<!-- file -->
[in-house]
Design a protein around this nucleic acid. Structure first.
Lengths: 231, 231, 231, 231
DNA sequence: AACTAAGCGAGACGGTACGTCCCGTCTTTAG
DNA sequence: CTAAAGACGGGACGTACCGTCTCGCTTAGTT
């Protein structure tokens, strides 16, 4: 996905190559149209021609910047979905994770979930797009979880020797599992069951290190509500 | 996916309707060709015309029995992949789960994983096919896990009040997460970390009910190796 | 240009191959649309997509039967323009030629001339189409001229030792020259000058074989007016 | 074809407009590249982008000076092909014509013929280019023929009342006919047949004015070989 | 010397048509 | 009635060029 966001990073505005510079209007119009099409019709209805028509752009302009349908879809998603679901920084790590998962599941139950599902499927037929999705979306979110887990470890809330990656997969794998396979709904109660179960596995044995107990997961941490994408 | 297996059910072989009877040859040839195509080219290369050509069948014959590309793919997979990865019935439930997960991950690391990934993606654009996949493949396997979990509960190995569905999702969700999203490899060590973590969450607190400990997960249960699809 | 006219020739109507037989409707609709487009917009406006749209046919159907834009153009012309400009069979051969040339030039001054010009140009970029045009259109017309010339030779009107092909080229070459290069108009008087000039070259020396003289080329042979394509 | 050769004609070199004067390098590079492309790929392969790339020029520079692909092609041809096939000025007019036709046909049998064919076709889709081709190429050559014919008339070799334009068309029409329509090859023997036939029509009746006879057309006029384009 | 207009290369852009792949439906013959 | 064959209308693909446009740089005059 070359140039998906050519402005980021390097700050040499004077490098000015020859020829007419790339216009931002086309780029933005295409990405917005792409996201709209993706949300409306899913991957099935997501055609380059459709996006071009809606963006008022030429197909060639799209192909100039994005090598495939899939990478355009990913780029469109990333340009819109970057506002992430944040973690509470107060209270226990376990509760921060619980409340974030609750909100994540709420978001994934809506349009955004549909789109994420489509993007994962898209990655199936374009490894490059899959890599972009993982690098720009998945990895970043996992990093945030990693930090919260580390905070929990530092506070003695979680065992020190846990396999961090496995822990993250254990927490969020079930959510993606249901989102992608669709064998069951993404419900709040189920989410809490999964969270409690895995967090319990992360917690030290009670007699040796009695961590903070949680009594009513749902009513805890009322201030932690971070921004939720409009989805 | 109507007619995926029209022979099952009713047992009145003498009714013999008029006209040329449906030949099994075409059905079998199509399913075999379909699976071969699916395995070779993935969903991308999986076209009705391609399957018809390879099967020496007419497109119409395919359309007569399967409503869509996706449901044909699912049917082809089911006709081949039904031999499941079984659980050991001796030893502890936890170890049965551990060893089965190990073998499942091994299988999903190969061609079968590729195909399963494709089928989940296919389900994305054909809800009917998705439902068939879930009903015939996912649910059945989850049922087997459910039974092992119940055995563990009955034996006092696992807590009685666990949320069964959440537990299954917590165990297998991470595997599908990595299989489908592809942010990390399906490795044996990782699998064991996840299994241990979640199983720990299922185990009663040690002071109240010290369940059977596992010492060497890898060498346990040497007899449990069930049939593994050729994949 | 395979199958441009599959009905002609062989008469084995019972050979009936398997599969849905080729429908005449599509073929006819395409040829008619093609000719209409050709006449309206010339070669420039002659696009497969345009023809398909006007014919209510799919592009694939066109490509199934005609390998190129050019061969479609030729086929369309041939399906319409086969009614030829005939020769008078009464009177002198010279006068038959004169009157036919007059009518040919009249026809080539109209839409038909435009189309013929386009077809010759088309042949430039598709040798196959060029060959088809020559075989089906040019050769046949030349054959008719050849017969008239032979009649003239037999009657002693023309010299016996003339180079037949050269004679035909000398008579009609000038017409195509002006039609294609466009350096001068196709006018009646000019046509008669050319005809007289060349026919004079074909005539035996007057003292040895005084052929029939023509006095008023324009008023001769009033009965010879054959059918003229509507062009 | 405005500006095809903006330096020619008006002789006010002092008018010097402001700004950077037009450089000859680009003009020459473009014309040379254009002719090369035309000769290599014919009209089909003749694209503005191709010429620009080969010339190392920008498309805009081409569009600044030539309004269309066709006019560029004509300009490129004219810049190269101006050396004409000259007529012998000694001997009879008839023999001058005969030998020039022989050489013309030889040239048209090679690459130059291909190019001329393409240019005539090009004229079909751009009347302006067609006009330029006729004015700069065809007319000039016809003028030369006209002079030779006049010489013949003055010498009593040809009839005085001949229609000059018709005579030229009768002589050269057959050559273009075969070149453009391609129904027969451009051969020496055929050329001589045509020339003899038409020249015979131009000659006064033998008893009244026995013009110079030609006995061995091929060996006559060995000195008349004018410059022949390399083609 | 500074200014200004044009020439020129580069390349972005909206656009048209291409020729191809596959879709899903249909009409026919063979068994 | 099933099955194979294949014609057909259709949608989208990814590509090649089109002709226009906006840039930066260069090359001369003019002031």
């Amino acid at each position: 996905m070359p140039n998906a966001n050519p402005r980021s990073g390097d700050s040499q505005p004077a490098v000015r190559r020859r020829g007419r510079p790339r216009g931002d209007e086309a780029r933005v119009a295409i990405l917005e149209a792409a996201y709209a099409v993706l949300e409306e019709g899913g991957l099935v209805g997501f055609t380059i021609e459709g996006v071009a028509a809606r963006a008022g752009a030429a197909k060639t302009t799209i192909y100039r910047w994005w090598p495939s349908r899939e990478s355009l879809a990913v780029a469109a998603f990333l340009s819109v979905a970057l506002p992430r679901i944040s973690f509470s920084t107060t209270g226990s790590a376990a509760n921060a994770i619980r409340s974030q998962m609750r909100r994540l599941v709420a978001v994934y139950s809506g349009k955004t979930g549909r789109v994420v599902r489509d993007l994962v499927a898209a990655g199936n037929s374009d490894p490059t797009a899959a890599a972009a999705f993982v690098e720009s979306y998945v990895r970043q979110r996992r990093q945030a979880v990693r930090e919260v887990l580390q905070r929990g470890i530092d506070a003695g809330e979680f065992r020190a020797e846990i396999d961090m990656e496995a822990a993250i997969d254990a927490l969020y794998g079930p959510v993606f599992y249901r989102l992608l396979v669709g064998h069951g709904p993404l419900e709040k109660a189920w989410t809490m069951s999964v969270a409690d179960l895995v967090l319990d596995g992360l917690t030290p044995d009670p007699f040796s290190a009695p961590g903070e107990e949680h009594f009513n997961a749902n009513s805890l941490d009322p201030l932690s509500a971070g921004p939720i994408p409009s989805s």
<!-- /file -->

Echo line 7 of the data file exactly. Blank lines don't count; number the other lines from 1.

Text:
């Amino acid at each position: 996905m070359p140039n998906a966001n050519p402005r980021s990073g390097d700050s040499q505005p004077a490098v000015r190559r020859r020829g007419r510079p790339r216009g931002d209007e086309a780029r933005v119009a295409i990405l917005e149209a792409a996201y709209a099409v993706l949300e409306e019709g899913g991957l099935v209805g997501f055609t380059i021609e459709g996006v071009a028509a809606r963006a008022g752009a030429a197909k060639t302009t799209i192909y100039r910047w994005w090598p495939s349908r899939e990478s355009l879809a990913v780029a469109a998603f990333l340009s819109v979905a970057l506002p992430r679901i944040s973690f509470s920084t107060t209270g226990s790590a376990a509760n921060a994770i619980r409340s974030q998962m609750r909100r994540l599941v709420a978001v994934y139950s809506g349009k955004t979930g549909r789109v994420v599902r489509d993007l994962v499927a898209a990655g199936n037929s374009d490894p490059t797009a899959a890599a972009a999705f993982v690098e720009s979306y998945v990895r970043q979110r996992r990093q945030a979880v990693r930090e919260v887990l580390q905070r929990g470890i530092d506070a003695g809330e979680f065992r020190a020797e846990i396999d961090m990656e496995a822990a993250i997969d254990a927490l969020y794998g079930p959510v993606f599992y249901r989102l992608l396979v669709g064998h069951g709904p993404l419900e709040k109660a189920w989410t809490m069951s999964v969270a409690d179960l895995v967090l319990d596995g992360l917690t030290p044995d009670p007699f040796s290190a009695p961590g903070e107990e949680h009594f009513n997961a749902n009513s805890l941490d009322p201030l932690s509500a971070g921004p939720i994408p409009s989805s």